The aroma of fresh herbs, the sound of laughing women trying to sell their food and colorful snacks being displayed in the market stalls, ready to be eaten. The Gwangjang Market in Seoul, not far from Dongdaemun, is the oldest traditional market in South Korea and heaven on earth for foodies. Today I’ll show you why.
An Old Friend
When I was planning my trip to Seoul, I dotted ‘going to the Gwangjang Food Market’ on my list first. I had visited the market in 2012 and I remembered the great atmosphere and the wonderful food. I love local markets and I love food, so I quickly figured out I had to go back. Since I’m not much of a planner and usually book things out of enthusiasm it wasn’t until I checked in to my hostel that I discovered the Gwangjang Market was within walking distance. That’s what I call ‘winning in life’!
You’re not saying too much when you’re calling the Gwangjang Market in Seoul an old friend. The Gwangjang Market is over 100 years old and the oldest market of South Korea. The market was first opened in July 1905 after wealthy merchants decided to start a new market that would not be ruled and controlled by the Japanese. The merchants started to collect money and eventually bought the land where the market is located.
The Gwangjang Market consists of 2 floors with over a 1,000 shops selling all kinds of things. On the ground floor you will find all the food stalls selling typical Korean snacks like kimchi and bindaetteok. On the first floor you will find shops selling silk, satin and bed sheets. Needless to say I stayed on the ground floor, wandering around and wondering where to eat.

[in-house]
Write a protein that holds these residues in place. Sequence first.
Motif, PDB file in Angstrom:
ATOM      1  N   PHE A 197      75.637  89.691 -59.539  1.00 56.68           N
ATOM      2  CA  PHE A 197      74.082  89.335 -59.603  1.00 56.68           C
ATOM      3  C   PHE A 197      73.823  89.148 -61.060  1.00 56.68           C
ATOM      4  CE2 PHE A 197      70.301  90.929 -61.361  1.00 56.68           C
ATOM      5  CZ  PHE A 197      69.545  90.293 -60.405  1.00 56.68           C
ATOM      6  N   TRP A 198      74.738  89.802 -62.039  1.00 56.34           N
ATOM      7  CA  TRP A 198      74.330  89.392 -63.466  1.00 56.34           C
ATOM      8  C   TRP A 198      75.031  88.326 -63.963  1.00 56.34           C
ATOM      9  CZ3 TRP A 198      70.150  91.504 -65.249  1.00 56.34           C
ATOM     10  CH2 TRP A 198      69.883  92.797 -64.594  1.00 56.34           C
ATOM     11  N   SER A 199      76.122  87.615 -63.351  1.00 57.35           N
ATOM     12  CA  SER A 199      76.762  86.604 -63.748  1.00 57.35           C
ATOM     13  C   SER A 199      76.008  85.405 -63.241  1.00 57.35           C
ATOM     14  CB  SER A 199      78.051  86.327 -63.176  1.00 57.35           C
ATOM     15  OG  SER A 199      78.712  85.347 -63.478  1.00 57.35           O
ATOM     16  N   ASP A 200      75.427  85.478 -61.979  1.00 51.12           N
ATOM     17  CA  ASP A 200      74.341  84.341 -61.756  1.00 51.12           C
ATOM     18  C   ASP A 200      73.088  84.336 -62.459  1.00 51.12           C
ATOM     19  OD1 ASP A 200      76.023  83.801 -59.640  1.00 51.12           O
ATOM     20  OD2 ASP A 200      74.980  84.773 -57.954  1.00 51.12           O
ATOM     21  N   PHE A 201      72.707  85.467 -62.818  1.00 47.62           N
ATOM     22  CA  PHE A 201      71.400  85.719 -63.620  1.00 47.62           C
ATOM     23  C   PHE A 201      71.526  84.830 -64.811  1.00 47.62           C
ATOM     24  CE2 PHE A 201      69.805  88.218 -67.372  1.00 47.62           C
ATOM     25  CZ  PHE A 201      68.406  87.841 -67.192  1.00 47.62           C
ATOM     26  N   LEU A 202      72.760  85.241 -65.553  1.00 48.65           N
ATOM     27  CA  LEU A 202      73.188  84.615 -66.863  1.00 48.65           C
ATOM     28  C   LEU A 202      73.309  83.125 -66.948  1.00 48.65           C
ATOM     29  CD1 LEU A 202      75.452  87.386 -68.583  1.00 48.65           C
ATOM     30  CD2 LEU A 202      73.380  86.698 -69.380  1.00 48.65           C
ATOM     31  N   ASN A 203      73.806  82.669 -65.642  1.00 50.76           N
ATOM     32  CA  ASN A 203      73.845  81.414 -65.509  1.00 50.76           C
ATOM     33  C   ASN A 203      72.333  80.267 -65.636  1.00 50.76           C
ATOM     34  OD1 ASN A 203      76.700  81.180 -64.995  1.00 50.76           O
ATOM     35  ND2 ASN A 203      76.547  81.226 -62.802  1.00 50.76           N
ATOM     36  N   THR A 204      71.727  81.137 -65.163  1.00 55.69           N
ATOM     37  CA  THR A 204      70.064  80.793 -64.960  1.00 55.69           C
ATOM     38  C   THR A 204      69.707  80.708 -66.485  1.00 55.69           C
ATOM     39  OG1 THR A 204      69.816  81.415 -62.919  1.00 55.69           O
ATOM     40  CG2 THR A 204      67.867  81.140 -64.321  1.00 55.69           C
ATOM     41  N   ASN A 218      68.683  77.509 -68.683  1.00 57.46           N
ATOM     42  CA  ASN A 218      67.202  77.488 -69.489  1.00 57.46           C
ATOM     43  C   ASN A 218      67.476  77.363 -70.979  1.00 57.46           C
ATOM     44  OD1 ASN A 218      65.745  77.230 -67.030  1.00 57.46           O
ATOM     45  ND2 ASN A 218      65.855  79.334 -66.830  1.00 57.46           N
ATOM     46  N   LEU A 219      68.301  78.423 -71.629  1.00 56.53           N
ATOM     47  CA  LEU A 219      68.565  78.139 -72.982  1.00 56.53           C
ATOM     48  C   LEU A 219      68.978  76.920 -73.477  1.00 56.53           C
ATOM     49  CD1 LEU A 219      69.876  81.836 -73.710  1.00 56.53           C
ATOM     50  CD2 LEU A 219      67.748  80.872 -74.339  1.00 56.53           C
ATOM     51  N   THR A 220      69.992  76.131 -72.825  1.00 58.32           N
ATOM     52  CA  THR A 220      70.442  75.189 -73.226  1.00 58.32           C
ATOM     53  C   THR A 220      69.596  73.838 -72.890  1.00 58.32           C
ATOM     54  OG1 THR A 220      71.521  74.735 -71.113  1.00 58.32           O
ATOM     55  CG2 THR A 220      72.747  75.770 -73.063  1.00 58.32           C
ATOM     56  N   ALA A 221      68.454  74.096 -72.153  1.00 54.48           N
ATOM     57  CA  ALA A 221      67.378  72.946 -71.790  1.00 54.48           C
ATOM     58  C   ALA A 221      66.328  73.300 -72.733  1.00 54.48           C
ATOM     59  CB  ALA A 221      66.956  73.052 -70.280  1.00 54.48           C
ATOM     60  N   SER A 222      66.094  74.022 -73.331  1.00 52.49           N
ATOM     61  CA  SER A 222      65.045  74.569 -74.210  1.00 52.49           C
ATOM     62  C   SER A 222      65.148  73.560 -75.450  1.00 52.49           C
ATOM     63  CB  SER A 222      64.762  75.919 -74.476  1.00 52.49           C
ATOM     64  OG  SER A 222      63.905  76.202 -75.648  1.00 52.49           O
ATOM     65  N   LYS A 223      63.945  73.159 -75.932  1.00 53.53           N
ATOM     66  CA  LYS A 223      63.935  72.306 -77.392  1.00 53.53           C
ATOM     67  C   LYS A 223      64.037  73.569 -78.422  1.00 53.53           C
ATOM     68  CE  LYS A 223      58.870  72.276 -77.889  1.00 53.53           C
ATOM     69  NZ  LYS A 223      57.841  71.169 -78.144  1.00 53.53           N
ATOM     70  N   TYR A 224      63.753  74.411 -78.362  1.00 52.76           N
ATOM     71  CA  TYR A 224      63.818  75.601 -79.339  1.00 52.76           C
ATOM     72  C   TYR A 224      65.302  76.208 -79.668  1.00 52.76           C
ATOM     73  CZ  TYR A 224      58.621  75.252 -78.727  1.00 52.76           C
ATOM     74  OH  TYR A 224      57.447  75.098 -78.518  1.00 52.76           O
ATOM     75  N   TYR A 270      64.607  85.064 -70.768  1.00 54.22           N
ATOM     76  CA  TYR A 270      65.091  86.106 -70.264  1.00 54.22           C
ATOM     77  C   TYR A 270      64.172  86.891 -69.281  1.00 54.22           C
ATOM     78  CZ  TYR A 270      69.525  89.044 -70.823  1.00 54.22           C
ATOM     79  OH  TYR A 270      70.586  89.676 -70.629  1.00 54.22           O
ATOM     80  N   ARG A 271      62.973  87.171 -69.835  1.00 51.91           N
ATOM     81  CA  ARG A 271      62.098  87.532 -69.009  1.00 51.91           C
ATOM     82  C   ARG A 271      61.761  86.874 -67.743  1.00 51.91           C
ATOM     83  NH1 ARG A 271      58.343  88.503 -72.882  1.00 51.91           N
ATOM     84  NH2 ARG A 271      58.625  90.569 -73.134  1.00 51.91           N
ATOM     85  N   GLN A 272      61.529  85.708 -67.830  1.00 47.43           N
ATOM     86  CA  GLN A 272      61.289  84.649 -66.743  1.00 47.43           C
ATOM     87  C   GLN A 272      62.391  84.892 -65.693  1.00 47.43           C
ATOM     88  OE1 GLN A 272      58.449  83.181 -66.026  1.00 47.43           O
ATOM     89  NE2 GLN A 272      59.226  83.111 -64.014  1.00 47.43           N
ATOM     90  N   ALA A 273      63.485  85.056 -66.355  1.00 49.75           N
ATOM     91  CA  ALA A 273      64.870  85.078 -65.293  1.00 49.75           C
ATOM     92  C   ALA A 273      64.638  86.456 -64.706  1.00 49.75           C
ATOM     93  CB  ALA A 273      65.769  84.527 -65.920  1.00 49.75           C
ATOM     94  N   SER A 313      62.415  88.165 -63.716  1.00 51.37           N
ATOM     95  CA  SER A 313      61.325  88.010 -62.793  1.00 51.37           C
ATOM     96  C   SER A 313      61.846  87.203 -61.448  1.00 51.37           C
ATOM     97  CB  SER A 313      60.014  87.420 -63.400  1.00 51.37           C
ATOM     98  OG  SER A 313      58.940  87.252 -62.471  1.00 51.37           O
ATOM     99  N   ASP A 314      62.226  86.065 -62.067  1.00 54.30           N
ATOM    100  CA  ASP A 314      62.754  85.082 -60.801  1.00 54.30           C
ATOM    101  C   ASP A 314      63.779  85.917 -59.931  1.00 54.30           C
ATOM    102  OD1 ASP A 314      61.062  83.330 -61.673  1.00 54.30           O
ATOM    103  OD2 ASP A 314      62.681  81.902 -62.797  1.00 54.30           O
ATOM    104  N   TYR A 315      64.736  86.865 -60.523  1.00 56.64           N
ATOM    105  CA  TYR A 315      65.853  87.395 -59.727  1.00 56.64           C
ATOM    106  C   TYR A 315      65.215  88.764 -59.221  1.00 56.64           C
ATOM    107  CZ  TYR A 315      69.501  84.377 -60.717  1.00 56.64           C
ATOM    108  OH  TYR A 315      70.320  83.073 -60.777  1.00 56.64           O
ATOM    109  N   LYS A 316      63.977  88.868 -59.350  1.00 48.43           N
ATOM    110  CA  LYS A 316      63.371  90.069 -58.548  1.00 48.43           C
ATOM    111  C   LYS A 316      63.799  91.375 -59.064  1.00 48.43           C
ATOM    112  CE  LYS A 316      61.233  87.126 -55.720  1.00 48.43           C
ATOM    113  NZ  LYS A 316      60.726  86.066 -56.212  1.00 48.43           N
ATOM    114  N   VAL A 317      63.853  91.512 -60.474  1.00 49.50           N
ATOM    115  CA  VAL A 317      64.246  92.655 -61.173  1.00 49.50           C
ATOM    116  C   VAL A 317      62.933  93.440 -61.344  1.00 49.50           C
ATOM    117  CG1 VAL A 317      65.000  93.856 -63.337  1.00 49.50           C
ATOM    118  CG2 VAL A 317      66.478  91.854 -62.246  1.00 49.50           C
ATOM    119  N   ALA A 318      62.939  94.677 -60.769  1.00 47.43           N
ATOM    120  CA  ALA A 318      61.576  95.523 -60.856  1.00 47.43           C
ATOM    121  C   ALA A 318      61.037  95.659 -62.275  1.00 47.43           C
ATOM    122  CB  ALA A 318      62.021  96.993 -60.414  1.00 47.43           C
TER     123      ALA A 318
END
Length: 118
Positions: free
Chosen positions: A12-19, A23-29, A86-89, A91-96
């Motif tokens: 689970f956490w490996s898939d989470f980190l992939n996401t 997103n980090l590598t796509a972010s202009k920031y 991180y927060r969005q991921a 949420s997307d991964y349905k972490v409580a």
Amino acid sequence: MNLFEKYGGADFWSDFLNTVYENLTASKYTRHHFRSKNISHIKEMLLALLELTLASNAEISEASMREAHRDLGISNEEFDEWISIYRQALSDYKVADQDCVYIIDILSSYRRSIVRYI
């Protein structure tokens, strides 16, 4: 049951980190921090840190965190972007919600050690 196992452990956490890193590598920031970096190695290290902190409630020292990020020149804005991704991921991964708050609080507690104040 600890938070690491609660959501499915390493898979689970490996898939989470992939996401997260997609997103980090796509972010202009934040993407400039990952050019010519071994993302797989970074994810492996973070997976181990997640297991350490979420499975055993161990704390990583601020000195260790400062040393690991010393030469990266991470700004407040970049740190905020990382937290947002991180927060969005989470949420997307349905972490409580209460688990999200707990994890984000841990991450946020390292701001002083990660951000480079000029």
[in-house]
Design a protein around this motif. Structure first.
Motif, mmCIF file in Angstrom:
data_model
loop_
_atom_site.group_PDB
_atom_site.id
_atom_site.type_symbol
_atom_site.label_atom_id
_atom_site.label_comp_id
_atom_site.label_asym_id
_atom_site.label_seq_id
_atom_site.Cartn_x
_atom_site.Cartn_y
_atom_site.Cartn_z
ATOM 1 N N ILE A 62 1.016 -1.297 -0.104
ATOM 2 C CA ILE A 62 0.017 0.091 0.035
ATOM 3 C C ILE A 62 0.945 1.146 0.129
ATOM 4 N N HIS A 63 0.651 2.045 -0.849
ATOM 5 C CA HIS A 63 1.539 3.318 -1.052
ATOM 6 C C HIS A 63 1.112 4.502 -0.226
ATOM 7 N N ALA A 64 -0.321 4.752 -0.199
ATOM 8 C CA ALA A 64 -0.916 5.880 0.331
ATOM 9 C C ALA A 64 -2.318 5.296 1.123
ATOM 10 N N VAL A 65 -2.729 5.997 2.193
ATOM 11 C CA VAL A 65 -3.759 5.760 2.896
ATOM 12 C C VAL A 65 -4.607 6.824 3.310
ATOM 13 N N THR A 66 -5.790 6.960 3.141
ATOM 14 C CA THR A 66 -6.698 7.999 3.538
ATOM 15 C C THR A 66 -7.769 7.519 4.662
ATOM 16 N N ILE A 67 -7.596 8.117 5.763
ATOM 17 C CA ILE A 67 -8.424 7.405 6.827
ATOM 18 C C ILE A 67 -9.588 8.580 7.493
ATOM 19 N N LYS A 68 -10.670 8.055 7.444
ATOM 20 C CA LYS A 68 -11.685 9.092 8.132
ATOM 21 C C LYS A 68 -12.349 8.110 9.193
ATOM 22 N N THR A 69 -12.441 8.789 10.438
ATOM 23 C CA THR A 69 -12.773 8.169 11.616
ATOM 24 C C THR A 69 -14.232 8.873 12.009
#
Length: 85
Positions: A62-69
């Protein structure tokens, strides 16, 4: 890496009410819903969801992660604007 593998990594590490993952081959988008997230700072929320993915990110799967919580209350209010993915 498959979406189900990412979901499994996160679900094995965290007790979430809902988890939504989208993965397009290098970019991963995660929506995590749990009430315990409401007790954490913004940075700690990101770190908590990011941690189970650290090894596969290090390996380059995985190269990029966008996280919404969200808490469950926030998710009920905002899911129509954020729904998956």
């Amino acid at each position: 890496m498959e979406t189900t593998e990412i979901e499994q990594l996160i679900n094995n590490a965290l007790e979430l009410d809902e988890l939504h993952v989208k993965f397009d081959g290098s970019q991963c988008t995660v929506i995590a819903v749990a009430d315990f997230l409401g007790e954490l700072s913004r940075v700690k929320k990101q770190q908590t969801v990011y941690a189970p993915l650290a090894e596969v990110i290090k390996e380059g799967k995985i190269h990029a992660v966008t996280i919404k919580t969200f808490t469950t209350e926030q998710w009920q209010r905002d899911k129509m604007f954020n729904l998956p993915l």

Gimbap is super popular in Korea and available in almost every restaurant. This snack originated from Japan: the Japanese soldiers brought this snack (tekkamaki in Japanese) with them during the Japanese occupation of Korea (1910-1945) and that’s how the Koreans were introduced to this snack.
It looks like sushi, but instead of being filled with fish (although there are versions with fish), they are filled with egg and veggies. All kind of veggies! Fresh ones, pickled ones or grilled, it’s all possible! To make the gimbap even better, you put some sesame seeds on top and dip the rolls in a sesame sauce and you’re good to dig in!
Who doesn’t love fried food? Each and every country has its own fried snack (this is the Dutch snack). Although fried snacks are not the healthiest, they often do taste good. And sometimes that’s what’s most important, right?
It’s no different in Korea. While I was strawling over the market I saw a lot of food stalls selling twigim and therefor I had to taste it.
Twigim is somewhat similar to tempura, but I think tempura is a lot crispier than twigim is. When I got my order I had some veggies on my plate, but also a few sausages and pieces of fish. The veggies were super tasty, but the meat and fish not so much.
Gwangjang Market in Seoul ~ Heaven for Foodies
The are many different dishes to choose from at the Gwangjang Market in Seoul and that makes the market a place you really can’t skip. Especially when one of the reasons you are traveling is to eat local food. Besides the wide variety of dishes one can eat at Gwangjang, the market is also very budget friendly. So even when you accidentally buy somethings that you think is really bad there won’t be any reason to be sad. Just go to the next stall and try again.
Gwangjang Market – Practical
The Gwangjang Market (the food stalls) is open from 10 a.m. until 9.30 pm. It’s best to visit the market in the evening as there will be more people and you most likely will have a better experience.
6-1 Yeji-dong, Jongno-gu, Seoul, South Korea
서울특별시 종로구 예지동 6-1
How to get there
Ongno 5-ga Station (lijn 1), exit 7 & 8
Euljiro 4-ga Station (lijn 2), exit 4